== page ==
Combining these myths with the factors above, companies are forced to overwork their skilled workers and increase their costs. 

Social Stigmas and Obligatory College Education

There is an alarming stigma that surrounds trade schools and those that pursue the skilled trades:

  • More than half of the people surveyed said they’d rather work in a coffee shop than as a welder. 
  • 58% said they did not know about trade schools in their community.
  • 73% said traditional college provides a better future than a trade school.
  • 25% felt students who attend trade school are not as smart as those who attend a traditional college. 

However, traditional college is not for everyone. One study shows the various drop-out rates for college students:

  • The overall dropout rate for undergraduate college students is 40%;
  • Approximately 30% of college freshmen drop out before their sophomore year;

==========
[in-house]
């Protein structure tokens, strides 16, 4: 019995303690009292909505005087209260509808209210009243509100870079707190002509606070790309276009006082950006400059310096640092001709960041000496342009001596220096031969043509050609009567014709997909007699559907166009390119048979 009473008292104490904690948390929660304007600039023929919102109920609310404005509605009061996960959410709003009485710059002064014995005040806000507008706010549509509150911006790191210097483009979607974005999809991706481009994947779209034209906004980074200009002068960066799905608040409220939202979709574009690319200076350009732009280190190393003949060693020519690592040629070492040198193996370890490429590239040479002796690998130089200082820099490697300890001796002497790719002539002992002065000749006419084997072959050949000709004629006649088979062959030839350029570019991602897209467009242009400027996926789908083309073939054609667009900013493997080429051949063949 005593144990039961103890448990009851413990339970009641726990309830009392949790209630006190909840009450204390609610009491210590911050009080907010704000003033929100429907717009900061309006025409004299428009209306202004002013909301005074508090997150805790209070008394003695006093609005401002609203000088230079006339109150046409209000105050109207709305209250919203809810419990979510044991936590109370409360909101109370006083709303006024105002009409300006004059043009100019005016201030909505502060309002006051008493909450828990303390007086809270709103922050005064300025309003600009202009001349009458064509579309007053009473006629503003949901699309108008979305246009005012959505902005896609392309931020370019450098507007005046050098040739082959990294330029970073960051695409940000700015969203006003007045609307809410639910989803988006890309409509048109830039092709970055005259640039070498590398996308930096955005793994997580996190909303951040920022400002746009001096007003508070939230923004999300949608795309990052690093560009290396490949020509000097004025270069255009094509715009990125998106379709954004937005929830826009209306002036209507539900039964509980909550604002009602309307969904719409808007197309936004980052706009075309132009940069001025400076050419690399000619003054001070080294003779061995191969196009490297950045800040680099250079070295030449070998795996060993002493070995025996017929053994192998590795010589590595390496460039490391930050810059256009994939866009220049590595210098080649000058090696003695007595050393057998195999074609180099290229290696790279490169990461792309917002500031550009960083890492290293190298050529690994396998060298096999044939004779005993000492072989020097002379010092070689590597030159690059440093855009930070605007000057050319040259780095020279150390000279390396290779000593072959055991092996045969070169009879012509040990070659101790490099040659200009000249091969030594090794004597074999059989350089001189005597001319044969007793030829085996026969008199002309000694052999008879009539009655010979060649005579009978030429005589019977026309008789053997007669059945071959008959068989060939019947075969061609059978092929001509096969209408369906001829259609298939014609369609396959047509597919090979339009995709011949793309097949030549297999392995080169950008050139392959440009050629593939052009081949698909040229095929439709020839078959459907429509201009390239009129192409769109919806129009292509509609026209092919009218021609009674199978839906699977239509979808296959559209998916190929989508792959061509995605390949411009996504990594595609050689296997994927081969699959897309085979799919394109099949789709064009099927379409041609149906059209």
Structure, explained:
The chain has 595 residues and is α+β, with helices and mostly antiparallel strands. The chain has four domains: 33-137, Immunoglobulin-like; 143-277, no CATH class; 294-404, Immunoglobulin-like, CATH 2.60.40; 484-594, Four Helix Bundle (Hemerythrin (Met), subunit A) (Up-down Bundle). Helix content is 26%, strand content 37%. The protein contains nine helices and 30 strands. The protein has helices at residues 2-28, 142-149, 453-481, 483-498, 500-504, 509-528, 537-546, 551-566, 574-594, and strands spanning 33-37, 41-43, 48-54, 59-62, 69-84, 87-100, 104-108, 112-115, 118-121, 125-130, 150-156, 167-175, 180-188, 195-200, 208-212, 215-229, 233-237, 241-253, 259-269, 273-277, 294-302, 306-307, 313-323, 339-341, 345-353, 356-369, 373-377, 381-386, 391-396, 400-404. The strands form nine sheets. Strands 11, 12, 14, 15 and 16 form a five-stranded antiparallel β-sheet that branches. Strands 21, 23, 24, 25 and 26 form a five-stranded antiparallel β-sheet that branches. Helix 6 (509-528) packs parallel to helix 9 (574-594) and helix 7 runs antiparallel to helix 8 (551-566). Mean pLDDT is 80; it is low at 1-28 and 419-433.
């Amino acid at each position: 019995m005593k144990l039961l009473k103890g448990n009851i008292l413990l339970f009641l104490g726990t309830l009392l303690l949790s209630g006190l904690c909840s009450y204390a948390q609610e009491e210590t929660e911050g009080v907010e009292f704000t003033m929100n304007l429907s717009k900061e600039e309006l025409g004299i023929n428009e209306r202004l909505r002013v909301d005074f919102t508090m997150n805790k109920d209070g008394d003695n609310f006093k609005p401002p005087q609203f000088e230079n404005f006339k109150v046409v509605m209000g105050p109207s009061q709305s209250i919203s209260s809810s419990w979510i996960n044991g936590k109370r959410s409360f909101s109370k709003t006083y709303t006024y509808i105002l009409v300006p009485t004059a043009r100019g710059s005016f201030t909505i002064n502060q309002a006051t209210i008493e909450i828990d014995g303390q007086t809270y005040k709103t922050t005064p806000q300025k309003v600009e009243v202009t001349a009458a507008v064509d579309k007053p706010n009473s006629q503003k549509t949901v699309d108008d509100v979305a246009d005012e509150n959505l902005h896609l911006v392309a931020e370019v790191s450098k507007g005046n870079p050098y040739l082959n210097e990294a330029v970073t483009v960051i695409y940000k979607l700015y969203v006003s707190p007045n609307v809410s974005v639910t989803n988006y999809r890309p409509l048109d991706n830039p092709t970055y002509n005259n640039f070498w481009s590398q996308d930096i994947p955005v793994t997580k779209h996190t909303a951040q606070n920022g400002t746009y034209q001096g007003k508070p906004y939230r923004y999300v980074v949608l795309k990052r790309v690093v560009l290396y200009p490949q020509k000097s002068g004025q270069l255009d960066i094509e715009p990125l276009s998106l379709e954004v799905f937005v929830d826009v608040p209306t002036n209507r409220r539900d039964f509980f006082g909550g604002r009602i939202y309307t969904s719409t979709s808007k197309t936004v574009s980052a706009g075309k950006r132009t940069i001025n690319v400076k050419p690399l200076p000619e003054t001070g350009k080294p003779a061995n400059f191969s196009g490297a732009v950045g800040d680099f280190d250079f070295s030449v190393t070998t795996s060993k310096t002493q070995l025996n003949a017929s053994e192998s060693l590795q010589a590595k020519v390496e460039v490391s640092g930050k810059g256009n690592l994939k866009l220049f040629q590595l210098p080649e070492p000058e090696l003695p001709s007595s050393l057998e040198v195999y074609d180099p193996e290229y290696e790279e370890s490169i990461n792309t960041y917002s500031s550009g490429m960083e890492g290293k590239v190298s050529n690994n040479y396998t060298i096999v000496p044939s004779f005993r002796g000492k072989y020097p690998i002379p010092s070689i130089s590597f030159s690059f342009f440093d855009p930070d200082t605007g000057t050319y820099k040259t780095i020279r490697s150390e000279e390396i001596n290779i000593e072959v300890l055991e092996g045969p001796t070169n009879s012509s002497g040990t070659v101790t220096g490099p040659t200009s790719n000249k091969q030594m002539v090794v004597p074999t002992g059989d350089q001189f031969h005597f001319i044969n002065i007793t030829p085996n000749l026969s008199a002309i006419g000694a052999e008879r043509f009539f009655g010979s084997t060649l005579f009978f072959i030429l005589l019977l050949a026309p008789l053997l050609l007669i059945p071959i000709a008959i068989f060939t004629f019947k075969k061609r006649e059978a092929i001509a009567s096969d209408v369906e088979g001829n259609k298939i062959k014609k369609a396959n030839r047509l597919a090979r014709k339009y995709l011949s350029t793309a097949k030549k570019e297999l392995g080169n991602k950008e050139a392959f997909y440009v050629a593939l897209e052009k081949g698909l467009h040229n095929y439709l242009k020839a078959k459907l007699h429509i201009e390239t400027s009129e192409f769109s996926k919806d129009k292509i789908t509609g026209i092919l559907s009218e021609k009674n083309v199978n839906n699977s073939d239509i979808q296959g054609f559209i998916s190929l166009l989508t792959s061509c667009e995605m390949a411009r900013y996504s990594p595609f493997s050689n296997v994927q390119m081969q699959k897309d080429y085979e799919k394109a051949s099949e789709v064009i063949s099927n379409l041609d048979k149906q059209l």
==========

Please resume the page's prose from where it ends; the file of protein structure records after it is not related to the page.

• In 2019, fewer than half of Americans between the age of 25 and 35 obtained any credentials beyond a high school diploma.

Vocational schools could be a better option for some people, however, trade jobs are sometimes seen as less sophisticated careers despite being highly skilled and often high-paying.

Aging Workforce

For many companies, their workforce is ready to retire, and they have not prepared to replace their workers with alternatives. This is because many companies are worried about the challenges they will face when it’s time to hire a new generation of workers: